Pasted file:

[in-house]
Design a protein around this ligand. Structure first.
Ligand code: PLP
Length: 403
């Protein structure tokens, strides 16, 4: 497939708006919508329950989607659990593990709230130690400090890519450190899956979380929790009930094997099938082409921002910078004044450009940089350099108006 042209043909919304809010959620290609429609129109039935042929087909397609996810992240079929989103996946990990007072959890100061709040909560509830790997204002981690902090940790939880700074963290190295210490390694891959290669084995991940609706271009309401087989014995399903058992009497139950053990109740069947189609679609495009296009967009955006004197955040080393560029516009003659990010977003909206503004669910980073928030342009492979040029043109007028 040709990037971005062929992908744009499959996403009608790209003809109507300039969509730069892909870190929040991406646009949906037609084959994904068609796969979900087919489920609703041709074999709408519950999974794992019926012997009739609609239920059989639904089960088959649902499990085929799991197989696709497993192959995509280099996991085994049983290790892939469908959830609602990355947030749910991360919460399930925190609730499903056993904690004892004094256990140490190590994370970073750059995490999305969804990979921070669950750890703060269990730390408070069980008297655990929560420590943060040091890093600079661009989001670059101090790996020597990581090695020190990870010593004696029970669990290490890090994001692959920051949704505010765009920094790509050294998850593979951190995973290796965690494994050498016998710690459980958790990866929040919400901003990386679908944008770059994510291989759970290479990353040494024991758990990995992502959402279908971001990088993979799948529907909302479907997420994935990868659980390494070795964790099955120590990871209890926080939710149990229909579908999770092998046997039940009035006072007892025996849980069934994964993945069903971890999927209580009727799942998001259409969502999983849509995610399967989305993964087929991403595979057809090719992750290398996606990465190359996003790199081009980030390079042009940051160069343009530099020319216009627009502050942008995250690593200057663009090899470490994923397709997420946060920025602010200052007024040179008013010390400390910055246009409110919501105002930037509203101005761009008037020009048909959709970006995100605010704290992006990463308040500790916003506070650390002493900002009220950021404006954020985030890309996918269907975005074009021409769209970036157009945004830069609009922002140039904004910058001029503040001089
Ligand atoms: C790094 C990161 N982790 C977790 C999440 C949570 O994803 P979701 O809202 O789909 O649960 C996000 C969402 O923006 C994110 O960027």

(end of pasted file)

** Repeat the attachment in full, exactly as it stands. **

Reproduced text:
[in-house]
Design a protein around this ligand. Structure first.
Ligand code: PLP
Length: 403
């Protein structure tokens, strides 16, 4: 497939708006919508329950989607659990593990709230130690400090890519450190899956979380929790009930094997099938082409921002910078004044450009940089350099108006 042209043909919304809010959620290609429609129109039935042929087909397609996810992240079929989103996946990990007072959890100061709040909560509830790997204002981690902090940790939880700074963290190295210490390694891959290669084995991940609706271009309401087989014995399903058992009497139950053990109740069947189609679609495009296009967009955006004197955040080393560029516009003659990010977003909206503004669910980073928030342009492979040029043109007028 040709990037971005062929992908744009499959996403009608790209003809109507300039969509730069892909870190929040991406646009949906037609084959994904068609796969979900087919489920609703041709074999709408519950999974794992019926012997009739609609239920059989639904089960088959649902499990085929799991197989696709497993192959995509280099996991085994049983290790892939469908959830609602990355947030749910991360919460399930925190609730499903056993904690004892004094256990140490190590994370970073750059995490999305969804990979921070669950750890703060269990730390408070069980008297655990929560420590943060040091890093600079661009989001670059101090790996020597990581090695020190990870010593004696029970669990290490890090994001692959920051949704505010765009920094790509050294998850593979951190995973290796965690494994050498016998710690459980958790990866929040919400901003990386679908944008770059994510291989759970290479990353040494024991758990990995992502959402279908971001990088993979799948529907909302479907997420994935990868659980390494070795964790099955120590990871209890926080939710149990229909579908999770092998046997039940009035006072007892025996849980069934994964993945069903971890999927209580009727799942998001259409969502999983849509995610399967989305993964087929991403595979057809090719992750290398996606990465190359996003790199081009980030390079042009940051160069343009530099020319216009627009502050942008995250690593200057663009090899470490994923397709997420946060920025602010200052007024040179008013010390400390910055246009409110919501105002930037509203101005761009008037020009048909959709970006995100605010704290992006990463308040500790916003506070650390002493900002009220950021404006954020985030890309996918269907975005074009021409769209970036157009945004830069609009922002140039904004910058001029503040001089
Ligand atoms: C790094 C990161 N982790 C977790 C999440 C949570 O994803 P979701 O809202 O789909 O649960 C996000 C969402 O923006 C994110 O960027």